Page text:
Home>>Otolaryngology>>Patient Testimonial: Chun-Yung Lin, Age 47, Tumor Patient
Chun-Yung Lin, Age 47, Tumor Patient

Chun-Yung Lin knew his family vacation to Las Vegas and the Grand Canyon would be full of beautiful sights, but he never expected the trip would literally take his breath away.

Diagnosed with asthma at age 33, Chun-Yung wasn’t too worried when he began to experience trouble breathing during his vacation. He was used to being dependent on his inhaler and nebulizer breathing machine, which he had brought along with him. But things continued to get worse and at times Chun-Yung found he was barely able to stand.

Chun-Yung’s niece Manda Lai, a medical student, was concerned for her uncle’s health. She convinced him to rebook a direct flight back to Detroit instead of his original ticket to transfer in Philadelphia. That decision may have been the first step in saving his life.

“On the way home I could tell things were becoming much more severe,” said Chun-Yung. “On the plane the power was not stable and my breathing machine wasn’t functioning. I could barely breathe at all.”

The flight attendant took a reading of Chun-Yung’s oxygen level and discovered it was dangerously low. He was given small oxygen tanks while the pilot and crew discussed whether or not to conduct an emergency landing.

The decision was made to stay the planned course and to have an ambulance waiting for Chun-Yung at the gate. Upon arrival on Christmas Day in Detroit, Chun-Yung collapsed and fell in to a coma for three days. When he awoke he found himself in the intensive care unit at Oakwood Hospital, unable to speak.

“When I woke up I had no idea what was going on. I tried to talk but I couldn’t. My voice wasn’t working and I found out I had a tracheostomy. I thought the problem was just my asthma and I told doctor in writing that I needed to go home because I didn’t want my family to worry,” said Chun-Yung.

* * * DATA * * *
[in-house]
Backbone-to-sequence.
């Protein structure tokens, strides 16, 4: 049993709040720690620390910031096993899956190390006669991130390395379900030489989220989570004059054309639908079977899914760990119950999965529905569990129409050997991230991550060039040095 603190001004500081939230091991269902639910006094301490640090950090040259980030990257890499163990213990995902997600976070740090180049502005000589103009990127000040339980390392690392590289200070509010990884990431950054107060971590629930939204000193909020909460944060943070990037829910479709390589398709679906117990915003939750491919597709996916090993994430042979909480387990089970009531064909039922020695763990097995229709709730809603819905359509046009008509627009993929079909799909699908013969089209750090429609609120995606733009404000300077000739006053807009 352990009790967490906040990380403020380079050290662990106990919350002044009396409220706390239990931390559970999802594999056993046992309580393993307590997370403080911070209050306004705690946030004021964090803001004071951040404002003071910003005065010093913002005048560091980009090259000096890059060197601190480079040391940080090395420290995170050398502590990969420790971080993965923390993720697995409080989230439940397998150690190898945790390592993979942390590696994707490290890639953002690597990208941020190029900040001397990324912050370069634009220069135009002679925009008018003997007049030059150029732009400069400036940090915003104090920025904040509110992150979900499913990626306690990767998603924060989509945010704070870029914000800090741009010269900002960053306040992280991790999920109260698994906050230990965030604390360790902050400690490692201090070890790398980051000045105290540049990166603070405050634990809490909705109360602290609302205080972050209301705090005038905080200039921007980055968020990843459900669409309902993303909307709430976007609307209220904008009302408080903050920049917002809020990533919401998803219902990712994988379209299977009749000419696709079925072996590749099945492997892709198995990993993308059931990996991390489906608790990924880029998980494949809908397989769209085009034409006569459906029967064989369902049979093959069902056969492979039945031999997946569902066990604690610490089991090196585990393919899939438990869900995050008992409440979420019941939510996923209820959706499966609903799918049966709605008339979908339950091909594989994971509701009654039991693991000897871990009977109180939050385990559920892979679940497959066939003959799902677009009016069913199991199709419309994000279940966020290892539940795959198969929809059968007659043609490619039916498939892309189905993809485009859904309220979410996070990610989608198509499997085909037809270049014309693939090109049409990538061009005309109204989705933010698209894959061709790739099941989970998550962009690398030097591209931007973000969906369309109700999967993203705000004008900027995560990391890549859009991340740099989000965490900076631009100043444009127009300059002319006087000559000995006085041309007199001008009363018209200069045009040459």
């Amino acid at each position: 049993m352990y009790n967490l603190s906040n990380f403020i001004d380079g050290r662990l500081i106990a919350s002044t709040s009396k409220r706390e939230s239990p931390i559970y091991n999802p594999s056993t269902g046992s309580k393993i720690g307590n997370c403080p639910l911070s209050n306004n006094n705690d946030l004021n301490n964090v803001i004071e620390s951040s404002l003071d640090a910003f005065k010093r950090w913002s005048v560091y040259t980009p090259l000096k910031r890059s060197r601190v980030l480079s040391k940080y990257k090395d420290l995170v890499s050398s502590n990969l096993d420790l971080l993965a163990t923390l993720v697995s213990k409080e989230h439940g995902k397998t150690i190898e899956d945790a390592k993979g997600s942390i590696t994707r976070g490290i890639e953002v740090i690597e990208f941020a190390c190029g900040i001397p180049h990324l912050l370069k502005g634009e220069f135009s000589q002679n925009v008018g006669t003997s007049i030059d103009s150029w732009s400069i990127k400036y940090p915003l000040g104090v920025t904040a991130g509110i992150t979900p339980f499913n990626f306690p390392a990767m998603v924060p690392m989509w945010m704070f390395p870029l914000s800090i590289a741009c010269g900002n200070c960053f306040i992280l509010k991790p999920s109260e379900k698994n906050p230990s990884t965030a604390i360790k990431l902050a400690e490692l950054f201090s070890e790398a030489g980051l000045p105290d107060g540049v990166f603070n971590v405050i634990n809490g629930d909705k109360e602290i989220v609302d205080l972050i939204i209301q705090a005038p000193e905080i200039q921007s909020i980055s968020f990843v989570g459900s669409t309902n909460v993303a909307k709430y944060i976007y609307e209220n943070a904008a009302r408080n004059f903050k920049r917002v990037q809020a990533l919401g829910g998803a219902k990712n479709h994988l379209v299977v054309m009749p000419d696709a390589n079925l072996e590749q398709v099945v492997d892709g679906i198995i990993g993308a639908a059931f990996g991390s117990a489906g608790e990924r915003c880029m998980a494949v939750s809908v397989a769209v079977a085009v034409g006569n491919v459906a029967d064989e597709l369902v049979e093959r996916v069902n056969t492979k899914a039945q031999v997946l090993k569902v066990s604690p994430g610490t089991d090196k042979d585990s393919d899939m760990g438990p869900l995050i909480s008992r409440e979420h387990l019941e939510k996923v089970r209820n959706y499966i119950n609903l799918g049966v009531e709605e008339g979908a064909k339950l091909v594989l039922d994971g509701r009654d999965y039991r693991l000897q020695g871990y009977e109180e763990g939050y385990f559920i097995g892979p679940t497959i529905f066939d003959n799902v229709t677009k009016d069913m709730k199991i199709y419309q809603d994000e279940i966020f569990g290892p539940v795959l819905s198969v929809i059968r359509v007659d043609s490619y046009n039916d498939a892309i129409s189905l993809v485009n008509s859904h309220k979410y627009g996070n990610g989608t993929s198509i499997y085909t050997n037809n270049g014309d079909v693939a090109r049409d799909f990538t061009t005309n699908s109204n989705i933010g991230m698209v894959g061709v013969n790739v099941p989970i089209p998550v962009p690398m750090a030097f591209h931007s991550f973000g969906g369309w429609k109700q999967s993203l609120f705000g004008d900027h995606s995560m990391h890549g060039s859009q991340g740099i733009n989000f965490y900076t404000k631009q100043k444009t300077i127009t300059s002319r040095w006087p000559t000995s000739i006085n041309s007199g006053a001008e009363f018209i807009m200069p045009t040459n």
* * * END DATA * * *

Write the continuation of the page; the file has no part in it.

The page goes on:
Chun-Yung had been accustomed to urgent care visits as a result of what he thought was just severe asthma, but this time was different. The doctors at Oakwood had discovered a lesion at the back of his tongue that was almost completely blocking his airway.

Thankfully, a biopsy found the lesion was not cancerous but rather a hemangioma, or a benign tumor resulting from an abnormal buildup of blood vessels. It needed to be surgically removed in order to allow Chun-Yung to breathe.

He was transferred to Harper University Hospital in Detroit to be treated by Dr. Ho-Sheng Lin, a highly acclaimed otolaryngologist with the Wayne State University Physician Group and leader in the field of robotic head and neck surgery.

Using the precision of the da Vinci® Surgical System, Dr. Lin was able to successfully remove the lesion and unblock Chun-Yung’s airway. Today, Chun-Yung is able to breathe and speak normally.

Chun-Yung said he was comfortable and confident going into the procedure because Dr. Lin explained everything thoroughly – especially how the minimally invasive robotic technology would reduce his recovery time.

“Knowing that he graduated from Yale, did his fellowship in head and neck surgical oncology at Stanford and that he brought this robotic technology here made me feel very lucky to have Dr. Lin as my surgeon,” said Chun-Yung. “I think about what might have happened if I would’ve waited to come home from my trip or if the plane had landed in another state. I’m just so thankful for Dr. Lin.”

Dr. Lin will continue to monitor Chun-Yung to ensure the growth does not reappear. But Chun-Yung says even if he does need another surgery in the future, he knows Dr. Lin will get the job done right.

“There have been a lot of advances in technology but in the end it still takes a good surgeon to be successful,” said Chun-Yung. “I’m just so grateful to Dr. Lin for saving my life.”